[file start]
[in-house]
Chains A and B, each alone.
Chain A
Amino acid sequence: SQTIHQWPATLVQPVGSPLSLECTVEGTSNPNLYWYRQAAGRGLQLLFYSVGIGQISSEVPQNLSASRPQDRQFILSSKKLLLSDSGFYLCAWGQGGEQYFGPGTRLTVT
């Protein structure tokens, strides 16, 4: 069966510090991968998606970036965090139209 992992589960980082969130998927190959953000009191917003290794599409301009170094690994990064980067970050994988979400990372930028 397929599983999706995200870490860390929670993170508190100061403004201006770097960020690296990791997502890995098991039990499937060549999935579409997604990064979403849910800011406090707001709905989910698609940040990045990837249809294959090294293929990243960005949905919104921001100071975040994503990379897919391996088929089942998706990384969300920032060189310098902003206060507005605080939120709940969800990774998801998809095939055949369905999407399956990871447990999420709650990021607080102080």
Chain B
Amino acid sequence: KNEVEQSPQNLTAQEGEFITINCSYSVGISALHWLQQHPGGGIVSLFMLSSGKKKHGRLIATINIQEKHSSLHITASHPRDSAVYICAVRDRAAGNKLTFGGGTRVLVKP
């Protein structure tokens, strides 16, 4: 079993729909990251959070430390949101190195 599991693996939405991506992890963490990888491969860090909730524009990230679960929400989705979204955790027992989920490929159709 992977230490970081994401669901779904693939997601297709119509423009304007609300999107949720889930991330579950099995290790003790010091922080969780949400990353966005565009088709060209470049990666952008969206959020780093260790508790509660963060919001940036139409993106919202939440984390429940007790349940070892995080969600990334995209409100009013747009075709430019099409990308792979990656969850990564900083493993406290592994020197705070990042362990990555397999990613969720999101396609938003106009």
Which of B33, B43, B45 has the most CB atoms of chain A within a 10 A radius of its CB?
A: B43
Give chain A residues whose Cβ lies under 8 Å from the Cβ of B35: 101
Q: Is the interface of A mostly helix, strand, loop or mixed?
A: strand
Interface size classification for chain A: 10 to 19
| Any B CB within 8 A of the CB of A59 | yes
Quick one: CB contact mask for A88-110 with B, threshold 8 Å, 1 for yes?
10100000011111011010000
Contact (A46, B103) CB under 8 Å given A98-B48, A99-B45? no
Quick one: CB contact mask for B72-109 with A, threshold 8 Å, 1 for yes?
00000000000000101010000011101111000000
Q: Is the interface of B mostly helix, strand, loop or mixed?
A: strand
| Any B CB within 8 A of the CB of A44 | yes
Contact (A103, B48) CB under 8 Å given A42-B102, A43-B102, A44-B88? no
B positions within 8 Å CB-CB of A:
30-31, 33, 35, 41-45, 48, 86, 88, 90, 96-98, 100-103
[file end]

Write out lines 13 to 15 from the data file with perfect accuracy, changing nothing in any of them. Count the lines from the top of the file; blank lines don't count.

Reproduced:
A: strand
Interface size classification for chain A: 10 to 19
| Any B CB within 8 A of the CB of A59 | yes